acterized by taller stature, long legs, and wide pelvis (although, relative to stature, not as wide as in the australopithecines). This change would have occurred in the species known either as Homo ergaster, a term that applies exclusively to African fossils, or H. erectus, a term that includes both the African specimens and Asian fossils from Java, where the species was defined, and Zhoukoudian (and some other sites) in China. The juvenile skeleton from Lake Turkana (KNM-WT 15000) dates to 1.5–1.6 mya and belongs to what we might call this “large hominid” to differentiate it from other earlier and contemporaneous specimens. There appears to have been a long period of coexistence of H. habilis and H. ergaster in East Africa, which would indicate not a lineal (anagenetic) evolutionary pattern, but a branching (cladogenetic) pattern of evolution. Some authors further recognize a third sympatric and synchronic species of Homo: Homo rudolfensis.
The tall and wide morphotype first seen in H. ergaster/erectus was maintained until the end of the Middle Pleistocene, when two new morphotypes appear. One, seen in modern humans, shows a narrower body cylinder and the other, seen in Neanderthals, shows a shortening of the distal segments of the extremities. The earliest (well-dated) modern human fossils are from Ethiopia and are represented by the skeleton of Omo I (~196 kya) (Pearson et al., 2008) and the crania from Herto (~150–160 kya) (White et al., 2003).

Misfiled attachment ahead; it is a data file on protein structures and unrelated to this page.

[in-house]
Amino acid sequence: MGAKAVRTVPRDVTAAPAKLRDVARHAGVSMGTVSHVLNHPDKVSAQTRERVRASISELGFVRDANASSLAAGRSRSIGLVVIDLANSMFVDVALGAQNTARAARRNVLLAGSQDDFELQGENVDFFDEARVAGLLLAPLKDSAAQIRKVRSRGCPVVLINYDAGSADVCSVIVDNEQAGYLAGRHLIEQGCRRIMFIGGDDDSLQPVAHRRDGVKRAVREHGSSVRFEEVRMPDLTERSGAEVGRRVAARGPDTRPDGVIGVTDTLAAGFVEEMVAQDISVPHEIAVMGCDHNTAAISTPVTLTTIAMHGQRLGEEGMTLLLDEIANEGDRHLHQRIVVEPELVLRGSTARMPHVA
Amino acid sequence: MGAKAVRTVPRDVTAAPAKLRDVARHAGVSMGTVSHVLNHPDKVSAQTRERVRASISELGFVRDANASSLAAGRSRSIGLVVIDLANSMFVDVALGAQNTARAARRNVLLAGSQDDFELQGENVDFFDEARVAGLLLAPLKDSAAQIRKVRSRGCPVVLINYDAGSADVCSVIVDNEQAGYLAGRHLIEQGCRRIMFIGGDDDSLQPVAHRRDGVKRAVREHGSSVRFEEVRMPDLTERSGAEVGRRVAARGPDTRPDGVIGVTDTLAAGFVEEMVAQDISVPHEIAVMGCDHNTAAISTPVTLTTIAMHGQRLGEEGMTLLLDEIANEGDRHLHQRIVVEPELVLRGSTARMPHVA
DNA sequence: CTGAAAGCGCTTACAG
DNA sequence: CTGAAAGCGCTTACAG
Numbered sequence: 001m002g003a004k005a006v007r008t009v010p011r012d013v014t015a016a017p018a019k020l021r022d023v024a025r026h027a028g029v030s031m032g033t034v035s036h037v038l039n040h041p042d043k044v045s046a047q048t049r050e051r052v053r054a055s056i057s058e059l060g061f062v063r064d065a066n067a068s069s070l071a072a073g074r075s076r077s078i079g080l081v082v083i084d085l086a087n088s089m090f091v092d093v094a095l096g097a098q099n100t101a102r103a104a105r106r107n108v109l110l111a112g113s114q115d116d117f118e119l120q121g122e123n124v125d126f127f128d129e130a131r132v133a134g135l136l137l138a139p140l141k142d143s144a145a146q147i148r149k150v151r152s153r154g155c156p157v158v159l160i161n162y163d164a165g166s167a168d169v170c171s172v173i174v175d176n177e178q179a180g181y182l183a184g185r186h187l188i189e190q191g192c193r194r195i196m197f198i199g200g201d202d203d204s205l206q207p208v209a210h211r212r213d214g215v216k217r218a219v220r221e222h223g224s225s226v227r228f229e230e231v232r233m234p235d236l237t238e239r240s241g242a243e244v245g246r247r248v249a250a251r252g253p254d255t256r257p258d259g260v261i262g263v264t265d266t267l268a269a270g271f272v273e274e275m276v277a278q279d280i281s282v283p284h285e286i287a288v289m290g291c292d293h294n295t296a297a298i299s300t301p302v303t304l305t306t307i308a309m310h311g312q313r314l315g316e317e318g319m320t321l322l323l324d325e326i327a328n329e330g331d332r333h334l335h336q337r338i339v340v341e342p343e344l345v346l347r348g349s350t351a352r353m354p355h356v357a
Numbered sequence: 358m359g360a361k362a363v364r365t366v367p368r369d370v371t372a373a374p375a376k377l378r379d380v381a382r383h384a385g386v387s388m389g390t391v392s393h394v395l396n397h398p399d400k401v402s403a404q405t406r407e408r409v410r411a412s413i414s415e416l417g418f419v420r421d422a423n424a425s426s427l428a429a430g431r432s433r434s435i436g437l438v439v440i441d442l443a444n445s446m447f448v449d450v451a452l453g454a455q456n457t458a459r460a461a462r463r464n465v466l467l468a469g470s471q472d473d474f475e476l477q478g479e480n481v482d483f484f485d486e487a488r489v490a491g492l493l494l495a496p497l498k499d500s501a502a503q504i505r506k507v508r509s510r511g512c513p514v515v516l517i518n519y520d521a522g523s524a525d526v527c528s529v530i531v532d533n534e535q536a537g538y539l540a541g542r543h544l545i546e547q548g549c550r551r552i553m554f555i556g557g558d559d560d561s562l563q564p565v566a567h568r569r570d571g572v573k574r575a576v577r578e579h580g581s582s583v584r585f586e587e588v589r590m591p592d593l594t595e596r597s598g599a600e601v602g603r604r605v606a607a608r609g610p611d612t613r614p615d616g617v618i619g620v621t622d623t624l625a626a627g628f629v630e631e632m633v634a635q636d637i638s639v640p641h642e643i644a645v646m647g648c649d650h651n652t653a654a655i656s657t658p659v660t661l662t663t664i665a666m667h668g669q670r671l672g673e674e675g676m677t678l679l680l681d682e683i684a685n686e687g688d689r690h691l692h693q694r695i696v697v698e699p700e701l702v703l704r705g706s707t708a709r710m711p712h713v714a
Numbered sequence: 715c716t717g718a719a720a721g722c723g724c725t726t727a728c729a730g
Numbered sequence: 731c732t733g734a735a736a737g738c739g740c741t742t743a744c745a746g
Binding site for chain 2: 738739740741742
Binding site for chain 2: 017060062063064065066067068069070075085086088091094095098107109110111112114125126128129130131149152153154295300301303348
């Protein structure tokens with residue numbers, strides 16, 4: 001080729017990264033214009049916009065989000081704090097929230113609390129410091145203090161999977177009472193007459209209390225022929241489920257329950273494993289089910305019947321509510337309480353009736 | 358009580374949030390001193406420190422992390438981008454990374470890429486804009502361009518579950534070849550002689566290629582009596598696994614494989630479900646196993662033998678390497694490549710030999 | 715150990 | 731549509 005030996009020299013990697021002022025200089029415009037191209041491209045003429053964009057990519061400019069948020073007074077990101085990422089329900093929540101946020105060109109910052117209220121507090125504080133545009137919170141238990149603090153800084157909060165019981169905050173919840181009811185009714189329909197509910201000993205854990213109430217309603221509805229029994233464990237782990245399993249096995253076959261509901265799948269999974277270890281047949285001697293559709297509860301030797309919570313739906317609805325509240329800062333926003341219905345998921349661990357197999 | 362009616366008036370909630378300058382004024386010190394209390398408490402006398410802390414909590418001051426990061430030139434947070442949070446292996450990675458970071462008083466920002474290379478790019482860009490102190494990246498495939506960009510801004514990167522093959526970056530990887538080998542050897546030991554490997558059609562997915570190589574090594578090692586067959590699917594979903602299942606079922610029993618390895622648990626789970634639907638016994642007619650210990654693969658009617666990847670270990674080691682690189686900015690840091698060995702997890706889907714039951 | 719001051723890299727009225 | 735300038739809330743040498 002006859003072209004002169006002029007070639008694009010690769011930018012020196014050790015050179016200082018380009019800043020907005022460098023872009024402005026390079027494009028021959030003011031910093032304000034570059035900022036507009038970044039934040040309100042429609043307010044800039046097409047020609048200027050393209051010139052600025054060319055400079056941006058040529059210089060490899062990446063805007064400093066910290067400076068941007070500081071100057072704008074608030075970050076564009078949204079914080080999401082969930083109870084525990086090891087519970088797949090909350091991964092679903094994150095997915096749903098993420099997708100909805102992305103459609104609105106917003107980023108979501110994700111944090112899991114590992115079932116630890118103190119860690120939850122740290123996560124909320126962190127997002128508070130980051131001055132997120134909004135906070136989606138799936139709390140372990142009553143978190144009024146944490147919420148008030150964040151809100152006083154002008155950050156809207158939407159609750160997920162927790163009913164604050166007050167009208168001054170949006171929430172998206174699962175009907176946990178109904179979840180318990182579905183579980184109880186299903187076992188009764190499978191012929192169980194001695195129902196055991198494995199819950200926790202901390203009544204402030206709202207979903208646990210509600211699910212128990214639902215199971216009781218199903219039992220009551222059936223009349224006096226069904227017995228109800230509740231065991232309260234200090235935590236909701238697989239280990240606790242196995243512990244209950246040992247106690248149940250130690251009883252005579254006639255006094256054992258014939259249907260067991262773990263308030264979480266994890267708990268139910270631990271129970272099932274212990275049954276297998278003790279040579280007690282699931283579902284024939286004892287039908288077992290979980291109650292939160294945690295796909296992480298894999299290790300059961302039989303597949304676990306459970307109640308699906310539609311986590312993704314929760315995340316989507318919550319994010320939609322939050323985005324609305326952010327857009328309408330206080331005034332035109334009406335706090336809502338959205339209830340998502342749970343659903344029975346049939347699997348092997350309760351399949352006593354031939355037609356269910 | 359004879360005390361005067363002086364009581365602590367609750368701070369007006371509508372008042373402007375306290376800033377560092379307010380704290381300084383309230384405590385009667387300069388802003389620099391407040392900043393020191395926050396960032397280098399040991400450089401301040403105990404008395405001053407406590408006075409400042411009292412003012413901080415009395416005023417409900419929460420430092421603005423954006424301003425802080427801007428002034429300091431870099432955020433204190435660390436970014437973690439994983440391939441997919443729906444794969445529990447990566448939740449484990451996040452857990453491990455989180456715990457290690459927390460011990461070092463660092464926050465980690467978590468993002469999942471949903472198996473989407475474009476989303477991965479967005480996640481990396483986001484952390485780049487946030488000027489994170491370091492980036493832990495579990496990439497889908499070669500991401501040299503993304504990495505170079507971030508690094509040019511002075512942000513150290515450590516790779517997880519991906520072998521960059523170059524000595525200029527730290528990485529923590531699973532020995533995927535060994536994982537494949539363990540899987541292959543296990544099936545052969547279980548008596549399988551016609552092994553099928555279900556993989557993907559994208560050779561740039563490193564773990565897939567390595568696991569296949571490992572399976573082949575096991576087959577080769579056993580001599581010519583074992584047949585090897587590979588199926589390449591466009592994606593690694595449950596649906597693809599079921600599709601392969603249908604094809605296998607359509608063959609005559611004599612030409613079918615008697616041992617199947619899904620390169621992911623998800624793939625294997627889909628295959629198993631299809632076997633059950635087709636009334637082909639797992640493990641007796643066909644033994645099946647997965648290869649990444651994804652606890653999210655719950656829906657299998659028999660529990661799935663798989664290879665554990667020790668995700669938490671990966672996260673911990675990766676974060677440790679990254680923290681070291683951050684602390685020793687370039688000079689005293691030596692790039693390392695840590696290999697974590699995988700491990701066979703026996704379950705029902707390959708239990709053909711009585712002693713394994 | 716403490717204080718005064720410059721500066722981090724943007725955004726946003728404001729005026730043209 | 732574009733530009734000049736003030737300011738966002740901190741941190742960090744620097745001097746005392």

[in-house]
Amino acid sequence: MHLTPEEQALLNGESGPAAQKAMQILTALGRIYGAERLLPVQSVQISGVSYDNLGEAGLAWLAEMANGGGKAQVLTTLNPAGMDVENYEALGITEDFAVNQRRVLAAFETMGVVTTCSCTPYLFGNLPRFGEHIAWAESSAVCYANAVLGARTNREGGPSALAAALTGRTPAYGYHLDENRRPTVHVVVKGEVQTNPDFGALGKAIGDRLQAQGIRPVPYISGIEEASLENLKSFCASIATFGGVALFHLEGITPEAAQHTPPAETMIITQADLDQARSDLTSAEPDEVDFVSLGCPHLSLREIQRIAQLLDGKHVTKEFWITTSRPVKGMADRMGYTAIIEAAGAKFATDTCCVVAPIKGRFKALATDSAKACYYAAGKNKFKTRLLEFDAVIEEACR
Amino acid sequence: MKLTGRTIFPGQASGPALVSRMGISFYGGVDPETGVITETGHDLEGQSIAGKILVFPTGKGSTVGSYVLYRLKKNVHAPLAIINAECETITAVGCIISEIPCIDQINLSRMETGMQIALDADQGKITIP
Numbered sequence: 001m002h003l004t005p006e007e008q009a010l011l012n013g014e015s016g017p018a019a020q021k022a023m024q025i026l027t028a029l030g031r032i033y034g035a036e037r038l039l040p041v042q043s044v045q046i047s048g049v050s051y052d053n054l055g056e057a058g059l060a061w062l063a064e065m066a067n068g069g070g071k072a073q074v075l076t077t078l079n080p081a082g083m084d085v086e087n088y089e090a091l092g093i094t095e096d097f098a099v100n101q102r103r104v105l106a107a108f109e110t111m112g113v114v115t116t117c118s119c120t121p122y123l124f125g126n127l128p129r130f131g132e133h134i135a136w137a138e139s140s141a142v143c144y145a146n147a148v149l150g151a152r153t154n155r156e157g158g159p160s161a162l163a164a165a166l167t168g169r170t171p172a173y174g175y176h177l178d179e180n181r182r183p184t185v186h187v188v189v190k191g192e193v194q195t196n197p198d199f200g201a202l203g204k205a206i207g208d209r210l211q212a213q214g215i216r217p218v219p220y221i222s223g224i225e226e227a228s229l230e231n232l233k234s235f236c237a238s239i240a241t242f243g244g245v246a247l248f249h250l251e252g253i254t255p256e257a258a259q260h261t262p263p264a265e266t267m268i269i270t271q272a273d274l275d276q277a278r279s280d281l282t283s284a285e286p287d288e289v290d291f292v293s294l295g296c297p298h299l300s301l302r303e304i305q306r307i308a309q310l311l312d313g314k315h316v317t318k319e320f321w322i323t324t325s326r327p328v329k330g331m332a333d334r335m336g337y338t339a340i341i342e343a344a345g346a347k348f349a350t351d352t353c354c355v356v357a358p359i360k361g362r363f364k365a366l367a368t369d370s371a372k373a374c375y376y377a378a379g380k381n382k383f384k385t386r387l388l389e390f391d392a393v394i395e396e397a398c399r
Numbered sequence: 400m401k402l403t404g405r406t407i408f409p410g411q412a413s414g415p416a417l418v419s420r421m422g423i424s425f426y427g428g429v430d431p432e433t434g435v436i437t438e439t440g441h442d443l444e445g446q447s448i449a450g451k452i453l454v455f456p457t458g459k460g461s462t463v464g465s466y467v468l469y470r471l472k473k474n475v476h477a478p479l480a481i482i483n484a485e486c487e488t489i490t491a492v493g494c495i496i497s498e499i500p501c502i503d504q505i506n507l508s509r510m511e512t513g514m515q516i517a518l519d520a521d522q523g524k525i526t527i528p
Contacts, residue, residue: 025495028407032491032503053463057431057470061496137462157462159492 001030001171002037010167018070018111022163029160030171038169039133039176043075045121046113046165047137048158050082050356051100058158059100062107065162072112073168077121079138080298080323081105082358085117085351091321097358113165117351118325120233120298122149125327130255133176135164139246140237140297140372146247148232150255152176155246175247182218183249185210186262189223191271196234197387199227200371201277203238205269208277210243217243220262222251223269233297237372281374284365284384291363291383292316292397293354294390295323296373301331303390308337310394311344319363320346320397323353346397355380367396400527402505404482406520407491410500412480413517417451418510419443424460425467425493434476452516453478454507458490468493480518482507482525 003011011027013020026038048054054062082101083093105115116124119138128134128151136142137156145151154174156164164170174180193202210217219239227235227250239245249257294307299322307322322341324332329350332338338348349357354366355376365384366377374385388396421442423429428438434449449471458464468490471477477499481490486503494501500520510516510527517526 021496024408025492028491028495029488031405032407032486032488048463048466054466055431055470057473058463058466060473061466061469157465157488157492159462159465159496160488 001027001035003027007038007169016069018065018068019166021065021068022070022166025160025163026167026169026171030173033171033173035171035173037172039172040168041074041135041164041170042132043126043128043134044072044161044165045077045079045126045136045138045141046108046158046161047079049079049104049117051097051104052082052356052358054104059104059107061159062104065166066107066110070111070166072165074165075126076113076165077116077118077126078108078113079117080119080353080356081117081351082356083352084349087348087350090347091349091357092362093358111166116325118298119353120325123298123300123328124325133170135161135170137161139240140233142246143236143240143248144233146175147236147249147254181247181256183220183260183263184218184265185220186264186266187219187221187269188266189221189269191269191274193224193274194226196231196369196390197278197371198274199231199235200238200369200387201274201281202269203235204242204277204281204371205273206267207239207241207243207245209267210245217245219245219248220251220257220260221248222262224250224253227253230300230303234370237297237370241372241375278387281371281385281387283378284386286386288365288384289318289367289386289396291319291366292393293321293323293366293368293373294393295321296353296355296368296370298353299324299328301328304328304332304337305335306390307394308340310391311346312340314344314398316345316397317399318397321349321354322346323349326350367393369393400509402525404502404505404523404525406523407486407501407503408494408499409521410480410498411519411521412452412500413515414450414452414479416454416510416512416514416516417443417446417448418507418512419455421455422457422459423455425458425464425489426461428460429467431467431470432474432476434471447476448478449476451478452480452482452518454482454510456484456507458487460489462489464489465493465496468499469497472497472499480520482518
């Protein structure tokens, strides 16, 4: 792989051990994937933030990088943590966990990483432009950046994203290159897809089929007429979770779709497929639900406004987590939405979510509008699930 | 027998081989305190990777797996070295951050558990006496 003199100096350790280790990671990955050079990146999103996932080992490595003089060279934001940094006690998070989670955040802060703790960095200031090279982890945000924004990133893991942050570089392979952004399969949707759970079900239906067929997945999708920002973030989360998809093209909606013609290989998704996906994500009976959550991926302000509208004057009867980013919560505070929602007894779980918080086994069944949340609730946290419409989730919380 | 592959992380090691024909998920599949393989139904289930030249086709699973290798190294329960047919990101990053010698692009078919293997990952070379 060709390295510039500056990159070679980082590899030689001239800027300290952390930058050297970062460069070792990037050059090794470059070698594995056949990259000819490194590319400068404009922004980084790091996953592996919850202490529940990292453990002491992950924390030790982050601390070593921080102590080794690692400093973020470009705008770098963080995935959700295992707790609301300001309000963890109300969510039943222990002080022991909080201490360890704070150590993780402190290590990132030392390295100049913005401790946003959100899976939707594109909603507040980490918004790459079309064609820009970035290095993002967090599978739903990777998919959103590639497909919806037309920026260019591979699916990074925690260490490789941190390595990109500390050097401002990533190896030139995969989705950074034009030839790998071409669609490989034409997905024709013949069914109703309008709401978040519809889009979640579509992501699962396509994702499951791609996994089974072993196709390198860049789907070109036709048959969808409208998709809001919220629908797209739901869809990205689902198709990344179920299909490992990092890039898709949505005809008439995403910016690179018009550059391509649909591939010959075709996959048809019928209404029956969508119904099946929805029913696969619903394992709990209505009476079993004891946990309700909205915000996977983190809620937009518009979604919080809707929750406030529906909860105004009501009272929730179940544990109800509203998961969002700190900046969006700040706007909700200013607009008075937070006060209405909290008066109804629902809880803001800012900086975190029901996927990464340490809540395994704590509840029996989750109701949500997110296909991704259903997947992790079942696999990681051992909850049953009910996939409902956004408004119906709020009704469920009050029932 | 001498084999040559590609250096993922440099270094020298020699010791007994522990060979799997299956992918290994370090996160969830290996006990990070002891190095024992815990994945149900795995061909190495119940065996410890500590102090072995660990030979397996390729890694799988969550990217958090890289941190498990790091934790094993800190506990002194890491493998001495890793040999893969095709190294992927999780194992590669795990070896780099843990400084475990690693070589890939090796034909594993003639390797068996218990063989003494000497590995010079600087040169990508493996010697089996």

From the point of view of the postcranial skeleton, then, there would be only four morphotypes within the genus Homo, although the fossils from Dmanisi (Lordkipanidze et al., 2005, 2007; Rightmire et al., 2006) in Georgia (~1.75 mya) might represent an intermediate form between the primitive, australopithecine, morphotype of H. habilis and the tall and wide morphotype of H. ergaster/erectus. The skull of Homo georgicus is morphologically intermediate between H. habilis and H. ergaster or, alternatively, is a primitive form of the latter, which some authors, in turn, consider to be a primitive grade within H. erectus.
In reality, however, postcranial remains are abundant only at the Middle Pleistocene site of the Sima de los Huesos in the Sierra de Atapuerca, dated to at least 530 kya. Nevertheless, the isolated fossils from other sites such as the East African pelvises KNM-ER 3228 (perhaps older than the Turkana Boy) and OH 28 (<1.0 mya) as well as the Middle Pleistocene skeleton from Jinniushan in China (Rosenberg et al., 2006) do not differ from those at the Sima de los Huesos.
This overview has necessarily glossed over numerous details. Although living modern human populations are considered “tall hominids” compared with the early hominids, a wide variation in stature exists across the globe today. In Africa alone, there are modern human populations with average male stature <150 cm and others with averages ~180 cm.